Systems with predefined functions often have predefined roles. When Christians adopt roles to serve the organizational purposes of a system, we often begin to see ourselves as a sort of mechanical extension of the system. We can lose joy and begin a sort of Christian 'drudgery'. However, the problem of hypocrisy emerges when we begin to see ourselves as Christian 'successes'.
But the end of the charge is love out of a pure heart and a good conscience and faith unfeigned: from which things some having swerved have turned aside unto vain talking; desiring to be teachers of the law, though they understand neither what they say, nor whereof they confidently affirm. - 1 Timothy 1:5-7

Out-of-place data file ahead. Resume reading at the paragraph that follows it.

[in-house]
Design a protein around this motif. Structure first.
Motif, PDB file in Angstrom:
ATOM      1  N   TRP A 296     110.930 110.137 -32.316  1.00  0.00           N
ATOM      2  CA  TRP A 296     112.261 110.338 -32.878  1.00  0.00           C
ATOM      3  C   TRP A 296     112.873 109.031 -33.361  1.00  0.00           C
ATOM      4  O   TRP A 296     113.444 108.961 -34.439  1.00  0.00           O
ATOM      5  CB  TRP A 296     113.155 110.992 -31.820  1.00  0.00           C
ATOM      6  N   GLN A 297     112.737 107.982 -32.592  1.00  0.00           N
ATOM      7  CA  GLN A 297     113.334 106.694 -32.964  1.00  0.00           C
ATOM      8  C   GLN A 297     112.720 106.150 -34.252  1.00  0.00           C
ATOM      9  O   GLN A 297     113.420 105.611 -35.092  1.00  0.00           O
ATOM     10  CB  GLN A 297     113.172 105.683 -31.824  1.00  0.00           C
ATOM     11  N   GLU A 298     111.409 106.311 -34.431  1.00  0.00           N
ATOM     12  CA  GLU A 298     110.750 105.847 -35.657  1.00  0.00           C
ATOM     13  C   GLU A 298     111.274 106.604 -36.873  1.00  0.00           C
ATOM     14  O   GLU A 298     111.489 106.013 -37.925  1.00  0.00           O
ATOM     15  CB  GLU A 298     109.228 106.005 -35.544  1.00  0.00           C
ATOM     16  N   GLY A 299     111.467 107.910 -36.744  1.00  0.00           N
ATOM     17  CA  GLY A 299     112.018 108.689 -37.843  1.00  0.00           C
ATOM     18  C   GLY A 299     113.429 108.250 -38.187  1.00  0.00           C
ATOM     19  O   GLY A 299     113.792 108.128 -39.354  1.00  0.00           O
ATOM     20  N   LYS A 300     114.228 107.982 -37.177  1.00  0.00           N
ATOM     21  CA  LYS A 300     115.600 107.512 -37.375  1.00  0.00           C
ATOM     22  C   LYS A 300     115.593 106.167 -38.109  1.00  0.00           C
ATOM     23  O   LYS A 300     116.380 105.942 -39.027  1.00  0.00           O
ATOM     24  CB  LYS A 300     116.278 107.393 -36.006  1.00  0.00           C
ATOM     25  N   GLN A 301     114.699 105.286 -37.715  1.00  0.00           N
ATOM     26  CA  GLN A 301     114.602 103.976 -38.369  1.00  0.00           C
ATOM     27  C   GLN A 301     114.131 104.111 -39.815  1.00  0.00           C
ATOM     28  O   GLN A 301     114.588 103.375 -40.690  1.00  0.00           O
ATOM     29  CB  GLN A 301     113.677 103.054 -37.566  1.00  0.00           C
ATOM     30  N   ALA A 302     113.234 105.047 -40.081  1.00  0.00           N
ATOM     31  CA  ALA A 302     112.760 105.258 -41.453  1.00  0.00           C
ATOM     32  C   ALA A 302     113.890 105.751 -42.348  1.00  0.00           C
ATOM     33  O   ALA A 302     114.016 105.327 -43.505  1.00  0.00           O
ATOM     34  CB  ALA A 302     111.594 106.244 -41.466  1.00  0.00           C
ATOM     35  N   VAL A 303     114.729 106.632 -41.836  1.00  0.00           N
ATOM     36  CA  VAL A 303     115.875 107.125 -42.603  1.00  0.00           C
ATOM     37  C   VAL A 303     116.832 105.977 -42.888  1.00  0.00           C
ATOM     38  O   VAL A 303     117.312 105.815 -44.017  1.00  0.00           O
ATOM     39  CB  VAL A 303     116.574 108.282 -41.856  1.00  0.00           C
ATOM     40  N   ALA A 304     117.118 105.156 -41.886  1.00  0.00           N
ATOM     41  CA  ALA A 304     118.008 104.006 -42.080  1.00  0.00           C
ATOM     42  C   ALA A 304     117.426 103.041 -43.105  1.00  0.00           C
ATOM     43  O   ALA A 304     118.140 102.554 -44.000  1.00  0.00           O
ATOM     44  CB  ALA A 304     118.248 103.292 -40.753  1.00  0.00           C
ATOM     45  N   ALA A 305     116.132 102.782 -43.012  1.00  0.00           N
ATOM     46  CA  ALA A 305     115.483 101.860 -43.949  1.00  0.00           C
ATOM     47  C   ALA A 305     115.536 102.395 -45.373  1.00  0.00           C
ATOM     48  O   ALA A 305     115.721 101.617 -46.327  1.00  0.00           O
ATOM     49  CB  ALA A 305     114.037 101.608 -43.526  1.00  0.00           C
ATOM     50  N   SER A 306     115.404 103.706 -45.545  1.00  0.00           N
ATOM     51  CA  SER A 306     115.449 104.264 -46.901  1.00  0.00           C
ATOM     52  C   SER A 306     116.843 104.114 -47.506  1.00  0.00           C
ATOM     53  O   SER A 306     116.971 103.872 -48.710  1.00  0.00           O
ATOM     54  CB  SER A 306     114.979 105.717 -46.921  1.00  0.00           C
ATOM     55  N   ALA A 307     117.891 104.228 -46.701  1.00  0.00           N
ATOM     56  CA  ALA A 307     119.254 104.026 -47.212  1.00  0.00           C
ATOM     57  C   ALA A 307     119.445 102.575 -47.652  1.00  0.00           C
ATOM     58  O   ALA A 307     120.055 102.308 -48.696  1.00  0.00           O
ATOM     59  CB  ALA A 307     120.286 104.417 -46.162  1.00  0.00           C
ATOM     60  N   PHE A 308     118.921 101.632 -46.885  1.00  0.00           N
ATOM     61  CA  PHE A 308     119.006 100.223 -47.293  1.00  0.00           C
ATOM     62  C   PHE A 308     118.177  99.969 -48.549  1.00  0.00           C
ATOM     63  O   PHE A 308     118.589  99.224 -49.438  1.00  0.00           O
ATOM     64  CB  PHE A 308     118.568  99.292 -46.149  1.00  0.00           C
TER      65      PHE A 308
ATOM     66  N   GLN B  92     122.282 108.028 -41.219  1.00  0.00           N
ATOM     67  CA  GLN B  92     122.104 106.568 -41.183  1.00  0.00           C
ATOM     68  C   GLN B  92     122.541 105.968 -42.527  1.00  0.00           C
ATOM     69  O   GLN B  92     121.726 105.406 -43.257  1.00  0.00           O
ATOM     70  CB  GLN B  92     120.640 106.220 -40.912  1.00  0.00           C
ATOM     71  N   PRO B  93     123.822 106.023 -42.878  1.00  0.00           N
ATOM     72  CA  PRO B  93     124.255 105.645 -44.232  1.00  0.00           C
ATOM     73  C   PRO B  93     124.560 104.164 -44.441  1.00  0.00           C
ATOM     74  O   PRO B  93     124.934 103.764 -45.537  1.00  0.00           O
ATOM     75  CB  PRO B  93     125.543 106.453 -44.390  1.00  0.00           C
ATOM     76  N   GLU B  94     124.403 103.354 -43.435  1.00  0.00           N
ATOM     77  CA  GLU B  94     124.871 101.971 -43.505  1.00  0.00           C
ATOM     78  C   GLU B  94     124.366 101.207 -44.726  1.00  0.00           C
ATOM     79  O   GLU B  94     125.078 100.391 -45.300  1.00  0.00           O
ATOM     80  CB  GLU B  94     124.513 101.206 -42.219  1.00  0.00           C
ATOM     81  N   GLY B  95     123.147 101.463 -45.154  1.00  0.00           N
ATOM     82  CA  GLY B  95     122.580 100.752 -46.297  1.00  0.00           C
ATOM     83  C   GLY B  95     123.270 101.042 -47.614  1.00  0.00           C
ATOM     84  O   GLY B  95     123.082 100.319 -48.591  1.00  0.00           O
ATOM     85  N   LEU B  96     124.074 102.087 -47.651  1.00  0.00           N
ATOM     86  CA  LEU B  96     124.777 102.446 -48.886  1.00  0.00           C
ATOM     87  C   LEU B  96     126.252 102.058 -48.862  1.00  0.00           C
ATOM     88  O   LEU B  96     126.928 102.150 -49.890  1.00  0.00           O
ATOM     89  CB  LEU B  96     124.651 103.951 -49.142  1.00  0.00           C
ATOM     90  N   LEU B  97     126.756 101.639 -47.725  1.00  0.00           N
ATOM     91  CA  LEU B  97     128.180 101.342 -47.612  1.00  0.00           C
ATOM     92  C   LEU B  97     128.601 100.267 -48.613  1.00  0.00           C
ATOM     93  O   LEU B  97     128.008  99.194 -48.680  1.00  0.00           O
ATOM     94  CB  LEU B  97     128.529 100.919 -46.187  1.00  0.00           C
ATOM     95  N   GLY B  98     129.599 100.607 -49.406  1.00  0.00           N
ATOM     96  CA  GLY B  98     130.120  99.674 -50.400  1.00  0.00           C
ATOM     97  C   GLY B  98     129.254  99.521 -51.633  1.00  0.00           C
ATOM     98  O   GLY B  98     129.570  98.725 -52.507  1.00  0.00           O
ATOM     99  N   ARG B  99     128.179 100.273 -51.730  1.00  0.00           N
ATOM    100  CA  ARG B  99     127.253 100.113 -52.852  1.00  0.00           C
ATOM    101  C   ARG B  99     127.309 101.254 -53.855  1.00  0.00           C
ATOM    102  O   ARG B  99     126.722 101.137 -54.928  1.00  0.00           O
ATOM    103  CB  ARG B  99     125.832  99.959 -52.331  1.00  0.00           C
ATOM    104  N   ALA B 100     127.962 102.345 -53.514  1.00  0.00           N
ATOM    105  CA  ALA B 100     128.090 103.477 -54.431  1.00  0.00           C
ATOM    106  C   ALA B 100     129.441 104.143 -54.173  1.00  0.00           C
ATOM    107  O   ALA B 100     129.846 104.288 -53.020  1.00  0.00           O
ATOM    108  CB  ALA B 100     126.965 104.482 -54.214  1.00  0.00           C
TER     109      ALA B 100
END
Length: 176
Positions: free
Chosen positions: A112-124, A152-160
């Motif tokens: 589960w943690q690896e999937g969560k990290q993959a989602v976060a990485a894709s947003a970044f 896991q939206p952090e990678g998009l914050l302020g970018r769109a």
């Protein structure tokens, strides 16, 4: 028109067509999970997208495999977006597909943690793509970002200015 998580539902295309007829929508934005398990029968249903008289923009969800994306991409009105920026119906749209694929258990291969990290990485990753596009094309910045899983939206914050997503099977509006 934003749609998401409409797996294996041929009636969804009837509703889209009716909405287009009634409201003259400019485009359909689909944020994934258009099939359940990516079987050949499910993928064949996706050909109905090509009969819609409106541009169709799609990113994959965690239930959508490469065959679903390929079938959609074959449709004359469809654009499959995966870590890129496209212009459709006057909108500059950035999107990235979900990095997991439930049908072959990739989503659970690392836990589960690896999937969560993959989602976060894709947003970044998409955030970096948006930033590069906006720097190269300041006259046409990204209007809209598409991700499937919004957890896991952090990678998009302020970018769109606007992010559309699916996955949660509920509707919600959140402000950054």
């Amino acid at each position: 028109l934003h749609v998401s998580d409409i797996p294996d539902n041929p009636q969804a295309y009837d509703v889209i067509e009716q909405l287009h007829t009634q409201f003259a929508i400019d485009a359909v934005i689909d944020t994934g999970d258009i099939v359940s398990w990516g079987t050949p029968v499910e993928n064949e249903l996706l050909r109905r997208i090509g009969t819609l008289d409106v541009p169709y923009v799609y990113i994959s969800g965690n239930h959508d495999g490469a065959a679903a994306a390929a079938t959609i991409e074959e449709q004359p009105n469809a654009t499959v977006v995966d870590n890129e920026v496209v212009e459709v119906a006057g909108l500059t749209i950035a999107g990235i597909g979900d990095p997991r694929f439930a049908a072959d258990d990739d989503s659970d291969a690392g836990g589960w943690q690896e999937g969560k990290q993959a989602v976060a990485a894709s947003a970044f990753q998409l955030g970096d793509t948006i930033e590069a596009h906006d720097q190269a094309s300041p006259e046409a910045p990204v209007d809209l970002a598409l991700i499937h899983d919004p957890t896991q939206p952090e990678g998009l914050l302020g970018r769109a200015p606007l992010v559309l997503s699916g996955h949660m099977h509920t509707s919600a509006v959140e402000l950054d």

The example of the ambitious young lawyer that was tricked into a life of virtual economic slavery because he selected a role that was not as advertised is still better off than the Christian who ends up acting some parody of real Christianity and having to stand in front of Jesus one day filled with shame for his negligence.
There are Satanic as well as fleshly forces working to draw and keep us in the artificial reality of play acting roles. As Christians we need to be aware of these forces and endeavor to follow truth so that we are not diverted into the worship of self.
Modern society provides the prosperity needed for the mind to wander into delusional realms that were seldom explored when life was historically more difficult. Today many people have no trouble imagining that they are of the opposite sex, identify as animals, or even think they are dragons. The world of play-acting in imaginary realms can seem attractive, but like a Frank Lloyd Wright house, it is not conducive to real life.